|Purpose||Internet networking protocol|
|Developer(s)||Internet Engineering Task Force|
|OSI layer||Network layer|
|RFC(s)||RFC 2460, RFC 8200|
Internet Protocol version 6 (IPv6) is the current version of the Internet communications protocol used to route traffic across the Internet. It was meant to replace IPv4 when it was introduced in 1995. It still has not, and IPv4 functions side by side with IPv6 on the modern Internet.
IPv6 became a IETF draft standard in December 1998. It didn't become an actual Internet IETF standard until July 14th, 2017.
Advantages Over IPv4
The Internet is built upon a protocol suite called TCP/IP. This abbreviation stands for Transmission Control Protocol, and Internet Protocol. Version 4 of the IP protocol was standardized in September 1981. Using 32-bit addresses seemed logical at the time.
32-bit address means that there are 2^32 (4,294,967,296) possible unique IPv4 dresses available. That may sound like a big number and it probably seemed like it was more than the world could possibly need back in 1981. It turned out that is is not nearly enough. Europe ran out of IPv4 addresses in December 2019.
IPv6 uses 128-bit addresses instead of 32-bit addresses. A total of 2^128 possible addresses works out to 340,282,366,920,938,463,463,374,607,431,768,211,456 unique IPv6 addresses. That's roughly 667 quadrillion addresses per square millimeter of the Earth's surface.
An IPv6 address has eight notations of four hex numbers (
f. An IPv6 address could look like:
It is possible to use
:: to represent zeros. That address can also be written as
You can also strip leading zeros from IPv6 addresses.
2001:0DB8:400:965a:0042::1 can also be written as
Addresses with the few simple words one can make using
f and numbers that may be read as letters are, by some, called IPv6 IP pollution. Others call it playful cleverness (
IPv6 addresses are typically handed out to end-users in
/64 network blocks. A whole
/64 prefix is necessary to do stateless auto-configuration on a single local network.
|Prefix||Number of IPv6 IPs||Address Space|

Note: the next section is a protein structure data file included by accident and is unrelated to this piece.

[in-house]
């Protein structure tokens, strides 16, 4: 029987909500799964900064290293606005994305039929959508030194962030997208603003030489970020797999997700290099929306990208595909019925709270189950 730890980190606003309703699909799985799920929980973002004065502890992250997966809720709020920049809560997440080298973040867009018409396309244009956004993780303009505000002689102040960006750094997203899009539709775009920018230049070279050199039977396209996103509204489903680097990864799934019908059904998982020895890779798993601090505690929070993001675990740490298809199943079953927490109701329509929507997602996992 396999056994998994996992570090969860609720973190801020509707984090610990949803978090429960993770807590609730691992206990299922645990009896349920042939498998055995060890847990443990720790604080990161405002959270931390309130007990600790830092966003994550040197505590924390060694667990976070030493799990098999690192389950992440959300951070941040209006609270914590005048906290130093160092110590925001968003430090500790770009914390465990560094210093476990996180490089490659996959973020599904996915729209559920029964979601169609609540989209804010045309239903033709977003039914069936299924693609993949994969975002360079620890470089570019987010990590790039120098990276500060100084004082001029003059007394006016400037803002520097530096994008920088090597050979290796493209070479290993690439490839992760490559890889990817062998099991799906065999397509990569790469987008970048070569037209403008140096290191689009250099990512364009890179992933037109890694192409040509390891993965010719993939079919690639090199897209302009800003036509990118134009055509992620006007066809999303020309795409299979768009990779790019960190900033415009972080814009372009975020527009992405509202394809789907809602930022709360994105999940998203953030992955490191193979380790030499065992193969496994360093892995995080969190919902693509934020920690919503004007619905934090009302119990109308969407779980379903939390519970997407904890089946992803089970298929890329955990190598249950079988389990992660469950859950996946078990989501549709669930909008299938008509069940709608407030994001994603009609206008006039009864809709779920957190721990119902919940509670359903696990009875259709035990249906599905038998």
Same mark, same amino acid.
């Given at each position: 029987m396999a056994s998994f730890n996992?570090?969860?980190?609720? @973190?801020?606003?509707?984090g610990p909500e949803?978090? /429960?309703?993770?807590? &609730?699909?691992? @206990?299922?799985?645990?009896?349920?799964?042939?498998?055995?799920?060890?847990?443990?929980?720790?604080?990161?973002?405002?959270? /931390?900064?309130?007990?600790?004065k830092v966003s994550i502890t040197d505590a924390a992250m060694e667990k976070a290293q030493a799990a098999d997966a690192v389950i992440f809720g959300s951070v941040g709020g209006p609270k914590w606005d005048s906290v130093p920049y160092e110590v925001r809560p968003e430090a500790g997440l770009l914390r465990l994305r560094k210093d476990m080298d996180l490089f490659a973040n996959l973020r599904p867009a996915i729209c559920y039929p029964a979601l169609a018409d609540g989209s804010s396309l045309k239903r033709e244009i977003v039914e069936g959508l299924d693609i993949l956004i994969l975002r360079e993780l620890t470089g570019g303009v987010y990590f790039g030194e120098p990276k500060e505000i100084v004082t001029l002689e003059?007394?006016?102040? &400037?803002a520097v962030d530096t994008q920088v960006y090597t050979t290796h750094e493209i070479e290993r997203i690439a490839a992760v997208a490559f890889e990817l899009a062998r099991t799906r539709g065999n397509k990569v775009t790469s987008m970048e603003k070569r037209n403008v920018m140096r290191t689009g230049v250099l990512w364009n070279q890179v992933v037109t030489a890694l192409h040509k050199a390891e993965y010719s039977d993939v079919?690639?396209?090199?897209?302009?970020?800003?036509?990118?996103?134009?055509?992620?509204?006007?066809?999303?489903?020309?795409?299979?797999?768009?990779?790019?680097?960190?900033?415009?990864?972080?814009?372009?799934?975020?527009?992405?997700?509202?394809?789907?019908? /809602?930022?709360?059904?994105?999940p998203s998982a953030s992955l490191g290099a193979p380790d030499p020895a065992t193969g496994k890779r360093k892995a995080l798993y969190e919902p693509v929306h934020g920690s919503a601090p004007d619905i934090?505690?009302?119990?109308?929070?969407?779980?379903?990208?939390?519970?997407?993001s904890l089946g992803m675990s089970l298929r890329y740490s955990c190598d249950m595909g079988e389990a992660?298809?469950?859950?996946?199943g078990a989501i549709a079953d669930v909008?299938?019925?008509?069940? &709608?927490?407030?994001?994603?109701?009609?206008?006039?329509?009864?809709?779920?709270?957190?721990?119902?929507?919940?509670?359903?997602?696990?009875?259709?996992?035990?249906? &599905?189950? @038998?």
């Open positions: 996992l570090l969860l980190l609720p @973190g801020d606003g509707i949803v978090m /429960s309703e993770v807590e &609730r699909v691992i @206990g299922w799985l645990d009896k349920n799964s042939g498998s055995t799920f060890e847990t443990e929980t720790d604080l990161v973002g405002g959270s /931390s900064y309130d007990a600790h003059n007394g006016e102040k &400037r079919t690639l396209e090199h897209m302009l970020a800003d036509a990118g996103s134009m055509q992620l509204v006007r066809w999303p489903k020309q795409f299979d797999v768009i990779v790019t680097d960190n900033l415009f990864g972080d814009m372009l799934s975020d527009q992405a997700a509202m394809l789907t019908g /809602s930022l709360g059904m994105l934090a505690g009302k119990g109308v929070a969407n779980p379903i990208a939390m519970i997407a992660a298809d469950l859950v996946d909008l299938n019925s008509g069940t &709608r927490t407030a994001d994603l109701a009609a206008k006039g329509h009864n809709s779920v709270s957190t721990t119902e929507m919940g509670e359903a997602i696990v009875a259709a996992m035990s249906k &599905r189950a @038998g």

2001:0DB8:0400:000e:0000:0000:0000:402b ||| |||| |||| |||| |||| |||| |||| ||| |||| |||| |||| |||| |||| |||128 ||| |||| |||| |||| |||| |||| ||124 ||| |||| |||| |||| |||| |||| |120 ||| |||| |||| |||| |||| |||| 116 ||| |||| |||| |||| |||| |||112 ||| |||| |||| |||| |||| ||108 ||| |||| |||| |||| |||| |104 ||| |||| |||| |||| |||| 100 ||| |||| |||| |||| |||96 ||| |||| |||| |||| ||92 ||| |||| |||| |||| |88 ||| |||| |||| |||| 84 ||| |||| |||| |||80 ||| |||| |||| ||76 ||| |||| |||| |72 ||| |||| |||| 68 ||| |||| |||64 ||| |||| ||60 ||| |||| |56 ||| |||| 52 ||| |||48 ||| ||44 ||| |40 ||| 36 ||32 |28 24
IPv6 supports stateless auto-configuration. Clients on a IPv6-enabled network with stateless auto-configuration can listen for router advertisement messages and automatically configure an address and a default route.
The Router Advertisement Daemon (radvd) can be used to configure a router to hand IPv6 addresses out to clients on the local network. The Linux kernel will take care of network address auto-configuration on the client side. Clients will, additionally, need something like rdnssd to auto-configure DNS.
Stateless auto-configuration allows the clients to pick the last four notations of their IPv6 address. The network cards MAC address (real or fake) is used unless IPv6 privacy extensions are enabled. This means that a /64 IPv6 subnet is only enough for one local network even though the address space in a
/64 represents 18,446,744,073,709,551,616 possible addresses. The entire IPv4 address space, in comparison, can have a maximum of 4,294,967,296 addresses. IPv6 "wastes" a million times more on every single local network.
The IPv4 IP shortage was solved by placing the majority of devices connected to the Internet behind a NAT firewall.
Devices connecting to IPv6 networks get globally routable addresses. This means that each device on a local network should have have a firewall and secure service policies (That is also a good idea on IPv4 networks).
There are two ways to get IPv6 connectivity if your ISP does not provide it to you:
- Setup and configure a IPv6 tunnel to a IPv6 tunnel broker
- Use a 6rd IPv6 rapid deployment tunnel to your ISP
There used to be a very long list of Free IPv4 to IPv6 Tunnel Brokers available back in the early 2000s. That list has been reduced to Hurricane Electric's tunnelbroker.net service and the Ukraine-specific NetAssist Tunnel Broker.
Configuring a IPv6 tunnel from Hurricane Electric is fairly easy. Note: IPv6 tunnels use protocol 41 so you will have to make sure your firewall isn't blocking protocol 41 (
iptables -A INPUT -p 41 -j ACCEPT).
Going the 6rd route may be a better choice if your ISP provides a 6rd address. Some do, some do not. Some of those who do don't mention them on their own website so you may need to search for 6rd+yourisp in a search engine to find your ISPs 6rd address (if they have one).
Linux and Software Support
"IPv6 support" used to be a question worth asking. It is now non-issue, if a piece of software can connect to the Internet then it is likely able to use both IPv4 and IPv6.
The Router Advertisement Daemon (radvd) can be used to provide IPv4 auto-configuration using a Linux gateway/server.
NetworkManager, the standard way of getting network connectivity on GNU/Linux distributions with systemd, has had IPv6 support for years. The kernel is capable of auto-configuring itself on a IPv6 network without NetworkManager but it won't configure DNS. You will need rdnssd to configure DNS using RDNS advertisements.
- Check if IPv6 is enabled/working:
How to get it
How to configure it